Profits began to flow, and the company grew. In the 1896 book entitled “The Kings Handbook of the United States” by Moses Foster Sweetser, the author stated the company occupied more than 30 acres of land. Likewise, it became a leading industry in Indiana and the largest plate glass operation in America, if not the world. Klerber listed the amount of employees at the facility as between 1,500 and 2,000 men.
“It was said to positively affect every working person in New Albany, including the merchants who sold to the workers and the farmers who sold to the merchants,” Klerber said.
Unfortunately the same wheels of progress that brought glass making to New Albany in the end proved to be its downfall. You see, Ford didn’t give up after he lost his business to his cousin. Instead, he went to Jeffersonville and began a glass manufacturing plant there. In 1883, he and his sons moved to Pennsylvania and formed Pittsburgh Plate Glass. Here the industrialist discovered something new that would make the production process not only cheaper but better: natural gas. Coal needed to be shipped to the manufacturer and hand-fed to the flames, giving at times an uneven heat. Not natural gas.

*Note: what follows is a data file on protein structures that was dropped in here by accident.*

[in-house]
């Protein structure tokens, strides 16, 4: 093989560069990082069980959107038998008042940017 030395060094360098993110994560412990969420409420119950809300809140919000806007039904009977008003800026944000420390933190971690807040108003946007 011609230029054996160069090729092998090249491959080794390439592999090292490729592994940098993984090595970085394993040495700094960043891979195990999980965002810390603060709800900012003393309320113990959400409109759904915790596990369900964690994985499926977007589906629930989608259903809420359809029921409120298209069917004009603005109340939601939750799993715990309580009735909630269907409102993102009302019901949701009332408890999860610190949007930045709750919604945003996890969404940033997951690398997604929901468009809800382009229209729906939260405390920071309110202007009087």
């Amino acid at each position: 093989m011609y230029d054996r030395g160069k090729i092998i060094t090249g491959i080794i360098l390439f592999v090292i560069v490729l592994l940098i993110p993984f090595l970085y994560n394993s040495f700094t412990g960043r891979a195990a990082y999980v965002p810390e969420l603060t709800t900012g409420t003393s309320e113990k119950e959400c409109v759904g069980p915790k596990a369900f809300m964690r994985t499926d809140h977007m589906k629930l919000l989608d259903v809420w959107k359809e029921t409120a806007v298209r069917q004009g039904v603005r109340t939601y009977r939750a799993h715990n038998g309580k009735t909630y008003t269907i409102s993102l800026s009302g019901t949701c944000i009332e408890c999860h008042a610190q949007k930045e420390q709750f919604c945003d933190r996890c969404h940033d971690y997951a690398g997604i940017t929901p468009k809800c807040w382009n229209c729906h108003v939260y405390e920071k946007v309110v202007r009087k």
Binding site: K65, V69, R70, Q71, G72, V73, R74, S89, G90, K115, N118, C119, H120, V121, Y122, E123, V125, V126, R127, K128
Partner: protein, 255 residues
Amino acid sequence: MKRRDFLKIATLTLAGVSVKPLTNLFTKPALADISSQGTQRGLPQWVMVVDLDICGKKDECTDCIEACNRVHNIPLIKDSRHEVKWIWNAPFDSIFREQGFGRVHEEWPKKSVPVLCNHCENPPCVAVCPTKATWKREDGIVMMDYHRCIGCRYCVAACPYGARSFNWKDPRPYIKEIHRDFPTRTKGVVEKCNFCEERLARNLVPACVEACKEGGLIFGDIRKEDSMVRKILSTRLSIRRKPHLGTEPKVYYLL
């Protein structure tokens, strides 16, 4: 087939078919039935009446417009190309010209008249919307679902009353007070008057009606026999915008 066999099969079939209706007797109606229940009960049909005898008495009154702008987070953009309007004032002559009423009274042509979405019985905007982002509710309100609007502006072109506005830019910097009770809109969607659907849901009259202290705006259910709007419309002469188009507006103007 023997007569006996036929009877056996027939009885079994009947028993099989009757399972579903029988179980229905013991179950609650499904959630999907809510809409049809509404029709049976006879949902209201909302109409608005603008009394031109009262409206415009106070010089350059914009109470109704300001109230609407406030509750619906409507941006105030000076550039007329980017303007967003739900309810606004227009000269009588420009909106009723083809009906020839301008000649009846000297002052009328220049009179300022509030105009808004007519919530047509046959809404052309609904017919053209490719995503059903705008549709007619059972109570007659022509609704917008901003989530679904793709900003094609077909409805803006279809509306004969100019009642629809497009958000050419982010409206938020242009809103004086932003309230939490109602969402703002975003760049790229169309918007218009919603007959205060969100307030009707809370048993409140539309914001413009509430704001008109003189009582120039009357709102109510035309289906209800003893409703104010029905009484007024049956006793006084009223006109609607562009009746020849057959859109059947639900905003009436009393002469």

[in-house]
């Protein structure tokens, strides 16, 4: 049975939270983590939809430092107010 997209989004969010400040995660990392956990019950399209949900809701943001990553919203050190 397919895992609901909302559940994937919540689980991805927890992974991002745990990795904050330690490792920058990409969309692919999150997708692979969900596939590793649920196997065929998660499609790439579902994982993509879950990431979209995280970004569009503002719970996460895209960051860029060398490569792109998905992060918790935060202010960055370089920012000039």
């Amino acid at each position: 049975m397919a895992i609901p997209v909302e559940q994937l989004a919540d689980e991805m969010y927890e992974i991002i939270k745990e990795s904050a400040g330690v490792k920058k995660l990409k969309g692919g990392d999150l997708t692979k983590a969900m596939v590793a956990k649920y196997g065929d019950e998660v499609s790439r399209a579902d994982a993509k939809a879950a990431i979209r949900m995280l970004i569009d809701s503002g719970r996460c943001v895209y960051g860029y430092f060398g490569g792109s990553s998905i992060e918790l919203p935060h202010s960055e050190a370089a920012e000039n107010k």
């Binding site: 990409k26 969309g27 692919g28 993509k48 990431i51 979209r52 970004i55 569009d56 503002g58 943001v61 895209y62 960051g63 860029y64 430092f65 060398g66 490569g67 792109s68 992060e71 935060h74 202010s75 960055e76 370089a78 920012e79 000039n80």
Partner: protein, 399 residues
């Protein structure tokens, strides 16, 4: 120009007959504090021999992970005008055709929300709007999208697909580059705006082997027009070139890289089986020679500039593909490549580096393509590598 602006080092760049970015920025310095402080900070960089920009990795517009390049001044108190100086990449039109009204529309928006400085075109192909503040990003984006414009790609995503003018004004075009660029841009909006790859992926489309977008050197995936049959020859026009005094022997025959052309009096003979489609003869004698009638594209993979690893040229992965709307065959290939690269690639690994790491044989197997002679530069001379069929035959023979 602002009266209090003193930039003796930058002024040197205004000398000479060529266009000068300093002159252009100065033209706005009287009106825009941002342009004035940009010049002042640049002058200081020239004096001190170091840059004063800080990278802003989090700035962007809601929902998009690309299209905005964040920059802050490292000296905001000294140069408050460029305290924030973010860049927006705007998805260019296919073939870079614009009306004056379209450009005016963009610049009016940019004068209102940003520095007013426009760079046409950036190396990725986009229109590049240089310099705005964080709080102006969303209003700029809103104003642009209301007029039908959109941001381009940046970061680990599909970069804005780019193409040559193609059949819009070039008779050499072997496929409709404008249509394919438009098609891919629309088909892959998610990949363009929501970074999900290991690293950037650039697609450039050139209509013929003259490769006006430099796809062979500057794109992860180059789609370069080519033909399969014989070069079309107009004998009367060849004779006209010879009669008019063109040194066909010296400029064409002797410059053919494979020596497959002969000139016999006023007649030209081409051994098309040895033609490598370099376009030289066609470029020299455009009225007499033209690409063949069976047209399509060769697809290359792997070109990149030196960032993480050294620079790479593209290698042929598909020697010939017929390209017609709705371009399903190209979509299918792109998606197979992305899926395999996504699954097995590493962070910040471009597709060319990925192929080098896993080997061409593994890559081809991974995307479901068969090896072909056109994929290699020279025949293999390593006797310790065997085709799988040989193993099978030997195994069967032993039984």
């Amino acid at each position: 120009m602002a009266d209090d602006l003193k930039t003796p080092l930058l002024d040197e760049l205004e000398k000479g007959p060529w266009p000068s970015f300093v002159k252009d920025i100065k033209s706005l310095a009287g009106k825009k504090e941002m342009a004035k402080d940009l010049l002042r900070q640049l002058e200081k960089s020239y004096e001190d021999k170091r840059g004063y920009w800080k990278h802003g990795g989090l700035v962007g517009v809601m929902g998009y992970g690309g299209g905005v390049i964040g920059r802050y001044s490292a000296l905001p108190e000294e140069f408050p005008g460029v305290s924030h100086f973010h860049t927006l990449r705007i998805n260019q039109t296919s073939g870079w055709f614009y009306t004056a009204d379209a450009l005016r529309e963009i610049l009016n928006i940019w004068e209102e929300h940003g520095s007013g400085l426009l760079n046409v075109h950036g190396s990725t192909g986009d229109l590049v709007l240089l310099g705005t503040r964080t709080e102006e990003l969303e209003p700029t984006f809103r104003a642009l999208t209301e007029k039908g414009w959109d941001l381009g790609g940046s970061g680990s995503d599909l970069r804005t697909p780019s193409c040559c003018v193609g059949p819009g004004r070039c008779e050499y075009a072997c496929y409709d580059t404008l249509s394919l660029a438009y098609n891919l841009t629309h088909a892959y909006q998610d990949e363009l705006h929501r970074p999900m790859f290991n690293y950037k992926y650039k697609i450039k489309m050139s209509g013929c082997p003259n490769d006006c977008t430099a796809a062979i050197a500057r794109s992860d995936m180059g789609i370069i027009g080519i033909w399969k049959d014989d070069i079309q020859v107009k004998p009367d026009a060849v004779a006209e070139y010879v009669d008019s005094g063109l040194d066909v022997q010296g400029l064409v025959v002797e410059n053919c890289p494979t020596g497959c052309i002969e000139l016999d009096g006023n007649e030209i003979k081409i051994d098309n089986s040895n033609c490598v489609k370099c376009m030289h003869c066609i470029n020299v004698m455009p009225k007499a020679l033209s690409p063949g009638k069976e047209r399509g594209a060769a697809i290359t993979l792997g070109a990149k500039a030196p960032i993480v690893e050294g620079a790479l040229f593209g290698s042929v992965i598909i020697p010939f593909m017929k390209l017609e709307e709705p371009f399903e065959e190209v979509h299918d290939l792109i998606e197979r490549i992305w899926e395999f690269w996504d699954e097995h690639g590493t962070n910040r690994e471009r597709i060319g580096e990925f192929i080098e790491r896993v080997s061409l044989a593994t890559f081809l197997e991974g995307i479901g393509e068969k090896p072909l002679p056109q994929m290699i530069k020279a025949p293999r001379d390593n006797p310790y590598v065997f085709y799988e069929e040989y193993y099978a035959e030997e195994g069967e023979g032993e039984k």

Around the same time, this new fuel source was found in central and eastern Indiana. The plate glass manufacturers packed up their equipment and moved to these cheaper locations. A financial panic in 1893 didn’t help matters either. By 1900, the once thriving plate glass industry had disappeared from New Albany.
Founding numerous successful ventures following New Albany, Ford would later be known as the father of the plate glass industry. He died in 1903, shortly after the trade he helped to start in our river city suffered a similar fate.
— Contributing Writer Amanda Beam